As of January 2021, about 135,000 electric vehicles (EVs) were registered in Seoul but there were about 8,500 chargers, meaning that there is about one charger for every 15 EVs. As a state project to achieve net-zero carbon dioxide emissions by 2050, Seoul adopted 27 electric buses to replace diesel buses in January 2021. The city will replace 10 percent of diesel vehicles with electric vehicles by 2026.
Seoul said that 10 streetlight charging stations and 14 bollard stations will be installed on roadsides or alleys nearby residential areas. Drivers can use the chargers when they are using restaurants or other multi-use facilities for a short time. Also, local residents can use the chargers after work. Seoul is yet to decide where the urban facility-type chargers will be installed.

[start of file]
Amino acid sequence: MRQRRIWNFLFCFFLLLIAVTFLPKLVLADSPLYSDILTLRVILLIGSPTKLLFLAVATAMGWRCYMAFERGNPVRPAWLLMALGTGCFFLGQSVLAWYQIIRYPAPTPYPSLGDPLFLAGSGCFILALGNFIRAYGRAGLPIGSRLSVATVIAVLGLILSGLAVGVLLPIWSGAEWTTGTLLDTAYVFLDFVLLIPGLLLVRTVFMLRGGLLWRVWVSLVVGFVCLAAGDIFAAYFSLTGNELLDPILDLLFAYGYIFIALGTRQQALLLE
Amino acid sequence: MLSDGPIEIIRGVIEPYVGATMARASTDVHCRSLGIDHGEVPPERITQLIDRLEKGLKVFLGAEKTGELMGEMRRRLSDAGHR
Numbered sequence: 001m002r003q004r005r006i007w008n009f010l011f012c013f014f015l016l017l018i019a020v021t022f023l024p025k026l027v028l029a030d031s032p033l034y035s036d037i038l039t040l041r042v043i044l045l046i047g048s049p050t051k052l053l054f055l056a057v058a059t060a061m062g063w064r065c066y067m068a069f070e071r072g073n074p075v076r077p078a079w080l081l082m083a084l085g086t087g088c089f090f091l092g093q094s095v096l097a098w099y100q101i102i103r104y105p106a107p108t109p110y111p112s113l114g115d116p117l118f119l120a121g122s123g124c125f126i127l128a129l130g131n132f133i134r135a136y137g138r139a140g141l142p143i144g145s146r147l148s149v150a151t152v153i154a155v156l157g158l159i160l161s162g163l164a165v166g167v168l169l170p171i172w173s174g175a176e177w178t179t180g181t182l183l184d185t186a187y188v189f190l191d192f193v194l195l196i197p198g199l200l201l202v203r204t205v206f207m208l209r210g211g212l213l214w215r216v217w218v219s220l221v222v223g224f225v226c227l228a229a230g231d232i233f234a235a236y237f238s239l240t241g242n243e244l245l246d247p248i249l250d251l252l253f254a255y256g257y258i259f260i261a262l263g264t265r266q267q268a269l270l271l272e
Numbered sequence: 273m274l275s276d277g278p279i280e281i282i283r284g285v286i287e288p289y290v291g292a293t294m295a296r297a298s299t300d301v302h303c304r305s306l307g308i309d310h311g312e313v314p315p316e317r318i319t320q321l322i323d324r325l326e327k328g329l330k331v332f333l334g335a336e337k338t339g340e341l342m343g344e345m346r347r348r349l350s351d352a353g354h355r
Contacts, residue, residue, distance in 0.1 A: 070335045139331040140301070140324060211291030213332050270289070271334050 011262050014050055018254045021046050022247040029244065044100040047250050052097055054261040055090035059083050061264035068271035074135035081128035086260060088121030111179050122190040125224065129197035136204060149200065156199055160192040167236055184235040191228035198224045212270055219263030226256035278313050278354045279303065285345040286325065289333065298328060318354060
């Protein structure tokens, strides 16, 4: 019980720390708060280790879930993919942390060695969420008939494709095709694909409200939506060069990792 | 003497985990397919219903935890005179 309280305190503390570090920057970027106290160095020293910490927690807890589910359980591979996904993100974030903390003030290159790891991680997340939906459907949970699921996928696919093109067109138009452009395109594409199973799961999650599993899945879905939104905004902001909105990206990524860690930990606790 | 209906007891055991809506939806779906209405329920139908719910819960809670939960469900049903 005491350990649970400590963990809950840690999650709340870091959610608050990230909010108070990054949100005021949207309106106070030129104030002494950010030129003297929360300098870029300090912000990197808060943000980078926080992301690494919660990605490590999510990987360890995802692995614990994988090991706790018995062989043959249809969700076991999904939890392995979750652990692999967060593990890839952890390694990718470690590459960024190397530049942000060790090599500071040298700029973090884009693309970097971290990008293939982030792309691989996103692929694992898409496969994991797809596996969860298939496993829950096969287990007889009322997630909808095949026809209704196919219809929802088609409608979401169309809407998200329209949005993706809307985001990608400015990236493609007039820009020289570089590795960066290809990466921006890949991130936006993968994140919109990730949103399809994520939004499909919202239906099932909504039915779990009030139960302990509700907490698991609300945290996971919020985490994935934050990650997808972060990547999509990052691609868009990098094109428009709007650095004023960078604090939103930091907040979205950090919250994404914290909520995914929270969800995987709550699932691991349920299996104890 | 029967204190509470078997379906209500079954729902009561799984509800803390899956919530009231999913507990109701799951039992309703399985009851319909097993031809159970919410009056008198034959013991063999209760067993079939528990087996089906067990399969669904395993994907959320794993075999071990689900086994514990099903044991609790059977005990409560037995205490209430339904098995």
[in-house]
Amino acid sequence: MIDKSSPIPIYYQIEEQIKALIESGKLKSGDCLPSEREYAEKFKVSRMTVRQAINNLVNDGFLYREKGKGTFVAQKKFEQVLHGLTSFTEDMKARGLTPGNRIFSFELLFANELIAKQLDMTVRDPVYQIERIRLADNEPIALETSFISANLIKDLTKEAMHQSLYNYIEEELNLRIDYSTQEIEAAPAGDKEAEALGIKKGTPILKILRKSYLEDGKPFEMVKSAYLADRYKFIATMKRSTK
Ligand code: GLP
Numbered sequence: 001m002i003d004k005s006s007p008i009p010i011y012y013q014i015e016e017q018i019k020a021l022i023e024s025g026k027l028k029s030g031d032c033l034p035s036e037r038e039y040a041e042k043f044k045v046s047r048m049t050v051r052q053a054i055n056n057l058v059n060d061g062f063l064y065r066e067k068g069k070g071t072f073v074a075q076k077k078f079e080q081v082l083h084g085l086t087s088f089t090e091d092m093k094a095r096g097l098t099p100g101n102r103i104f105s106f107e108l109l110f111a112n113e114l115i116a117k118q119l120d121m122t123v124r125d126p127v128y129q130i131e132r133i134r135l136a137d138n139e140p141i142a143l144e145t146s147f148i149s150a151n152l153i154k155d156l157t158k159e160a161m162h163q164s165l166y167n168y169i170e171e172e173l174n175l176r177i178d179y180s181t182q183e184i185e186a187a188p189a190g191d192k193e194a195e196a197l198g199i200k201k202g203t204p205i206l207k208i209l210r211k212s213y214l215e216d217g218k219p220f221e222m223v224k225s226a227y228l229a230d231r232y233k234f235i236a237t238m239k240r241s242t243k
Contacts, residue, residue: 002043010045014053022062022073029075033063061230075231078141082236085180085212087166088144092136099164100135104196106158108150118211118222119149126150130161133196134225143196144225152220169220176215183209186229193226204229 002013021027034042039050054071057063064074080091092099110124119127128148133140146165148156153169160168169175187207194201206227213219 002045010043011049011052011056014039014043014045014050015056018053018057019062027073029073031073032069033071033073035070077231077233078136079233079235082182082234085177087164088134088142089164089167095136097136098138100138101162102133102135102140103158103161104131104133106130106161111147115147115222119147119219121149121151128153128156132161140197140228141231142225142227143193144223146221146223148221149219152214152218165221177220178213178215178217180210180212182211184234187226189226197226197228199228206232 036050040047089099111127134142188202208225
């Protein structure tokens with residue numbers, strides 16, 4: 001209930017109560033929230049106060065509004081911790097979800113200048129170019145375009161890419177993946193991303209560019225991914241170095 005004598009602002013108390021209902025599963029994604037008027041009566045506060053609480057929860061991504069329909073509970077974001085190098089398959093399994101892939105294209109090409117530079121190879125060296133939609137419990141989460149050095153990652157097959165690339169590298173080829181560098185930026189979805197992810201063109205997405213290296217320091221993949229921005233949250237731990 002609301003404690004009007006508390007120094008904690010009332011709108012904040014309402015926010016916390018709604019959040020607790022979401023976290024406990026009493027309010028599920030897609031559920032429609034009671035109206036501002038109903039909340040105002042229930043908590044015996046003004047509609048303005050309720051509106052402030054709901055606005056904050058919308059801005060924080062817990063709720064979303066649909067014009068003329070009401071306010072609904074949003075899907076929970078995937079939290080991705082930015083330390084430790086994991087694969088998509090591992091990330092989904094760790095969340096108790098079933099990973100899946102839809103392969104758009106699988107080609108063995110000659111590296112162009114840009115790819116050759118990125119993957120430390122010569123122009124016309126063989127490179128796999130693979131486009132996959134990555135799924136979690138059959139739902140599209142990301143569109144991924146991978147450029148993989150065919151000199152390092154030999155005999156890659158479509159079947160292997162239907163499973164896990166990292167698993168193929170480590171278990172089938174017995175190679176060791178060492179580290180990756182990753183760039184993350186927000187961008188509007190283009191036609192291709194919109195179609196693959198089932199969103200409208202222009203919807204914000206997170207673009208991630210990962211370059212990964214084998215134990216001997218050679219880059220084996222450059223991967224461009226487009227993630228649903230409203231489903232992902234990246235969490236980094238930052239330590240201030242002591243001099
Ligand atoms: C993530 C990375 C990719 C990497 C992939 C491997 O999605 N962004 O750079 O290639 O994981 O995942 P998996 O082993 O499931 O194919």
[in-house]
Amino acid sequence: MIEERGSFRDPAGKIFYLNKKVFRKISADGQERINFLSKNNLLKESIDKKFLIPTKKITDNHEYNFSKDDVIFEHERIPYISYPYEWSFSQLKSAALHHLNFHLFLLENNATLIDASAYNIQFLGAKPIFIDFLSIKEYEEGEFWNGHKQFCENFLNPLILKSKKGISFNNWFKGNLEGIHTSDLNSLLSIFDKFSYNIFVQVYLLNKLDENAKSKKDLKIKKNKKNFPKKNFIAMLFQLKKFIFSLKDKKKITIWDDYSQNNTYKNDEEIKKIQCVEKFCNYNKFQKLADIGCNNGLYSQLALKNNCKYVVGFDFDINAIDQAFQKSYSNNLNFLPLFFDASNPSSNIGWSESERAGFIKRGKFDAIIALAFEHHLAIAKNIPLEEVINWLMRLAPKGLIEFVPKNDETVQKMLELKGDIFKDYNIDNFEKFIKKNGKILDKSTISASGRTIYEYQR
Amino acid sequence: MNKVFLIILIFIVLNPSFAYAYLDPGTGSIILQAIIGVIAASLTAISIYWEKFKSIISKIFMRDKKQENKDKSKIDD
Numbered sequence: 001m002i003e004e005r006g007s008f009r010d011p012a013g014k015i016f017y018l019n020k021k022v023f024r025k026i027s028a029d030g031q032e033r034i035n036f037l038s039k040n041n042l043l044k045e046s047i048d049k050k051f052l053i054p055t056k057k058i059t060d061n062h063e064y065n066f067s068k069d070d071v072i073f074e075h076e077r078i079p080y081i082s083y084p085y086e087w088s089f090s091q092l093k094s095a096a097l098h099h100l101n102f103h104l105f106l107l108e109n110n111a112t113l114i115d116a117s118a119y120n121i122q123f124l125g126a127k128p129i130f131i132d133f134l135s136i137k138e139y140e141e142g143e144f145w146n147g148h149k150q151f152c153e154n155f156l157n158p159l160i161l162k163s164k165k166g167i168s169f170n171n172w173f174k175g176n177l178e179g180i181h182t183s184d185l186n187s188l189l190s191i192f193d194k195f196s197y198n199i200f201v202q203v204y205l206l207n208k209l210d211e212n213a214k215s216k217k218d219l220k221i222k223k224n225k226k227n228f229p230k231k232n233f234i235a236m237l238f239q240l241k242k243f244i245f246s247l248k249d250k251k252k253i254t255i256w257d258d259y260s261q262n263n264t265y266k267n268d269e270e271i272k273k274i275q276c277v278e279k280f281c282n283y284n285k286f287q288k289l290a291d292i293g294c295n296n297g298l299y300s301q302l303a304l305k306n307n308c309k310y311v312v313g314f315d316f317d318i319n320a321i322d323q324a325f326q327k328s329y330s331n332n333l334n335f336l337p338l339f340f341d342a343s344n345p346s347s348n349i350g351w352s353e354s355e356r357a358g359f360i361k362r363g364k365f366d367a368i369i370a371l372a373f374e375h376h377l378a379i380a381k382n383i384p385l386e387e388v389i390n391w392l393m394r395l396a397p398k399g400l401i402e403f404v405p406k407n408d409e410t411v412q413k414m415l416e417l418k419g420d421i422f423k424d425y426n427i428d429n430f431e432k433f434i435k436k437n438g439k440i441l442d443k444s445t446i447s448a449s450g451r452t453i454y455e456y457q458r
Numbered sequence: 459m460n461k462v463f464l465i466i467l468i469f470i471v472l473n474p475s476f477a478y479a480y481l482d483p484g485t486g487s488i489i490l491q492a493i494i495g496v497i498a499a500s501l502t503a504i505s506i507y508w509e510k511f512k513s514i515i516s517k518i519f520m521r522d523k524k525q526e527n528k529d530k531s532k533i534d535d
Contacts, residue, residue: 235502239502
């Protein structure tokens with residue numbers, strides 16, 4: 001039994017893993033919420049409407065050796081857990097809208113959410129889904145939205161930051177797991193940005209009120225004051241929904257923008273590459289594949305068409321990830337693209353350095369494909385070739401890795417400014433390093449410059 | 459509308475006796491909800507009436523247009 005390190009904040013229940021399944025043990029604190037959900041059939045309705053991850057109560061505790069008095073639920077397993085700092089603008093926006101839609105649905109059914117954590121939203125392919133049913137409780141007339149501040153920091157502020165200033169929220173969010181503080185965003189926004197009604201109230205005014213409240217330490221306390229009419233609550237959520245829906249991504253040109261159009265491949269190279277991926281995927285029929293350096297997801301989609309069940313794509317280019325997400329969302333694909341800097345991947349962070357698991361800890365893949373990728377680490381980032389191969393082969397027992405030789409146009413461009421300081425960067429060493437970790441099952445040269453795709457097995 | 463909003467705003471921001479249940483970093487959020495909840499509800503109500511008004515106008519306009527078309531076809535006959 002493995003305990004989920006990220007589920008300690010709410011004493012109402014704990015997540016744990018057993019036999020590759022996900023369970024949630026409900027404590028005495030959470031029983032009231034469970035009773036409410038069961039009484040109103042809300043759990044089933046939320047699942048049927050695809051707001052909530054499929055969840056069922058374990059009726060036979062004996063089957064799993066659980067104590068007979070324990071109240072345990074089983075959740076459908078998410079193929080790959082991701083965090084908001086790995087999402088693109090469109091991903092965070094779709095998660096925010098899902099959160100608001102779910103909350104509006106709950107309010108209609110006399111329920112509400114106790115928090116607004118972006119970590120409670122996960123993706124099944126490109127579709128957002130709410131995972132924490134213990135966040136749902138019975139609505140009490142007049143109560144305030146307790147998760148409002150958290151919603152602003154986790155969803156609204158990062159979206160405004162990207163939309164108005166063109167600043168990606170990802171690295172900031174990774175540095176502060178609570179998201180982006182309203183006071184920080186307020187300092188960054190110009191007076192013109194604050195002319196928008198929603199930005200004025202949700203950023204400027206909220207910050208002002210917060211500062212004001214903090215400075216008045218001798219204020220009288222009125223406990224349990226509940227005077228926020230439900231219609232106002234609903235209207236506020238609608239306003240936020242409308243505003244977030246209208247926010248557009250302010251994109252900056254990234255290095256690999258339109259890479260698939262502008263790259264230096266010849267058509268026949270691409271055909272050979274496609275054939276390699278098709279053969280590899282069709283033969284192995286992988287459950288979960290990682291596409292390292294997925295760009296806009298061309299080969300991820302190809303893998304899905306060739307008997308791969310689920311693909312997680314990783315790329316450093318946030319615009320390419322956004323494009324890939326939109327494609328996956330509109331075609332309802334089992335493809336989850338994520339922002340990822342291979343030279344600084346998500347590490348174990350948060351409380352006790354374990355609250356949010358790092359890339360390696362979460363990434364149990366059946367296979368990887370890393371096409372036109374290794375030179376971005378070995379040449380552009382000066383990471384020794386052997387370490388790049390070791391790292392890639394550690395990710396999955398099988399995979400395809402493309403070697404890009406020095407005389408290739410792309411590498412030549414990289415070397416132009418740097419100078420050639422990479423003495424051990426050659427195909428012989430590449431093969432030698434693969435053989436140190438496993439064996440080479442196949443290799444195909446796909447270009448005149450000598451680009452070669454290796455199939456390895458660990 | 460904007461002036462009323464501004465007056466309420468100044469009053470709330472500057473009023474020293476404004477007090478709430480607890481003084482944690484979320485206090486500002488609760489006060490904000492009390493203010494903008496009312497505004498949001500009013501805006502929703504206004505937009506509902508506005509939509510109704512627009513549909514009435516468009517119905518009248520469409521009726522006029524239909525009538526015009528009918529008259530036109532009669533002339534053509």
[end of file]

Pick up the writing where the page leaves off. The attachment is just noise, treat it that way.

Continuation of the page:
The capital city will also build two integrated EV charging stations at public car parks. The stations use renewable energy sources including sunlight to produce electricity and charge vehicles. A 200 kilowatt-hour-class integrated charging station can fully charge an EV in about 20 minutes. Currently, the law prohibits renewable energy power plant operators from directly selling electricity to consumers. However, Seoul's renewable energy charging station will be temporarily exempted from regulations through a government pilot project.
"We hope the new type of chargers provide convenience for EV drivers," Seoul's climate and environment bureau director Yoo Yeon-sik said in a statement on April 7. Yoo added that the capital city will continue to expand its EV charging infrastructure to create a more dense network of chargers.
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